My longest-lasting teacher, and also my most personal, has always been my sister, a five decade veteran of the public schools, in which she occupied almost every role imaginable, from itinerant music teacher to principle, through drama director and superintendent’s office curriculum planner. That she continues apace today, working as the field supervisor in teacher training for her regional university, attests to the truer sense of vocation in pedagogy which is no longer present for myself. One’s experience of teaching as a vocation includes moments of ethical fulfillment – the most commonplace is when a student relates how you have transformed their life and given them a keen drive to succeed or at the very least a hope and an aspiration to be more than they had been before – as well as a consistent sense of existential contentment. No one I know has had more of these future-oriented moments than has my sister, and every one well-earned.

            That I have a number of life-long friendships that began in the classroom is a lasting blessing. That I met the young woman who was to become my future wife in the classroom strikes me as a kind of miracle. The many thousands of students, most of them marginal and many the first-time college attempts in their respective families, have of course come and gone. Those once known fairly intimately I now know nothing of. Those who were obstreperous have long been forgotten. And all this is as it should be, for another principle of the vocation is its not quite diffident, but indeed quite dispassionate, stance and instantiation of itself. Assignation is itself impersonal, for whatever the source of such, be it the Fates or the Furies or both, could have chosen anyone in the end. A vocation is the result of a Valkyric light, shone upon the fragile being merely in the world and making him of that selfsame world.

            Teaching as a Fix, and as a Pimp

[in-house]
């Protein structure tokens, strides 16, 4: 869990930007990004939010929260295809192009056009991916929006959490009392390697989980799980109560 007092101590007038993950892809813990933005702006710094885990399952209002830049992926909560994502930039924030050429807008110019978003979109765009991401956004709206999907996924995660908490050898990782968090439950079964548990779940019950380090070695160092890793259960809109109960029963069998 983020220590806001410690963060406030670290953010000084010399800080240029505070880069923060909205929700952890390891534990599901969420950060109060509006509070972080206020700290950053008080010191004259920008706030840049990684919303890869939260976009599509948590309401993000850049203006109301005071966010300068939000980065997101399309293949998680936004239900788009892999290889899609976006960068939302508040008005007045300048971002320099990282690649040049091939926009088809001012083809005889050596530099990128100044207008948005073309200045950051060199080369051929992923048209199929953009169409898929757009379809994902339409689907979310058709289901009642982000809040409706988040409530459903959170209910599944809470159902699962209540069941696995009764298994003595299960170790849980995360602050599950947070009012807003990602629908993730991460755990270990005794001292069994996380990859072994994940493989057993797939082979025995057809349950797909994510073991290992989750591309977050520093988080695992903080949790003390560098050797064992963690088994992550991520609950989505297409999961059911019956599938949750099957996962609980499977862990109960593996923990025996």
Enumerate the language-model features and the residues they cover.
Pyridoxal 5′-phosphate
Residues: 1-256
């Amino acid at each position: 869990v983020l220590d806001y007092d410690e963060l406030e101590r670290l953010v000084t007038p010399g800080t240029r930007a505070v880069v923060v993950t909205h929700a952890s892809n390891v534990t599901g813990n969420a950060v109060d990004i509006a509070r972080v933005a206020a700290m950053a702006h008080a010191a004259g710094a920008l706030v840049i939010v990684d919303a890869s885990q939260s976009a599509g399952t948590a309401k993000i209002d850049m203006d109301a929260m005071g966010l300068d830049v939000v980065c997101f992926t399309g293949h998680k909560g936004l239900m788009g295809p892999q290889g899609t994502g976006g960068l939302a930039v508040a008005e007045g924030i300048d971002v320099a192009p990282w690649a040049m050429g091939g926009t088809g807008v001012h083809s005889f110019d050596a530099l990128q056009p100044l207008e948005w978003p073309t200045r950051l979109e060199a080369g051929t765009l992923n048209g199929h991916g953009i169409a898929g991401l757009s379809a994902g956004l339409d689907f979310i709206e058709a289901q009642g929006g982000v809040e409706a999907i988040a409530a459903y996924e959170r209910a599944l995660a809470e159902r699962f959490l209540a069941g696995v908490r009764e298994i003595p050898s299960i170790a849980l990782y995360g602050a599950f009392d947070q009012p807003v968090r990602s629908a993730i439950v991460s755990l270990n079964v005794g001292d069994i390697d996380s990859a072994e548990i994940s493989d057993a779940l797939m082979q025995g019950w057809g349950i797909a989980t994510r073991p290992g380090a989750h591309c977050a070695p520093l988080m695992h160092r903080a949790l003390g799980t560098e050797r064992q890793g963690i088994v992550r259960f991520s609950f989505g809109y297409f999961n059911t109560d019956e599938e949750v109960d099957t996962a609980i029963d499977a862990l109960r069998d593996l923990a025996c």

But teaching as a vocation has its shadow side. If there is magic in it, there is also present sorcery. For myself, I was an attention-seeker, and the fact that I could transfix large audiences, keeping them on the edge of their collective seats for up to 90 minutes, only fuelled the sense that I was, as an individual, more than my vocation would, or should, admit. My narcissism could be rationalized away as being in the service of good product, and clever production. If the classroom experience with Professor Loewen was a commodity worth the price, even in steeply ascending university tuitions, I became, in that space, my own fetish object. I bathed in the applause, and I glowed in the admiration of people far too young to make any worthwhile distinctions of mature character. I came to need the fix, captivating, enervating, and especially offending cohorts of students, getting younger and younger as I myself aged. At present, long outside of such contexts, I have to police myself yet regarding the motives for my more critical work. That I am not always entirely successful any readership will attest. The fact that my course evaluations bore no signs of my self-interest was remarkable but also an important relief. One could say, ‘whatever it takes to get up there and kill it’, but as an ethicist, I maintain my doubts. Teaching as a vocation might cater to the fix, but it does not admit the fixation.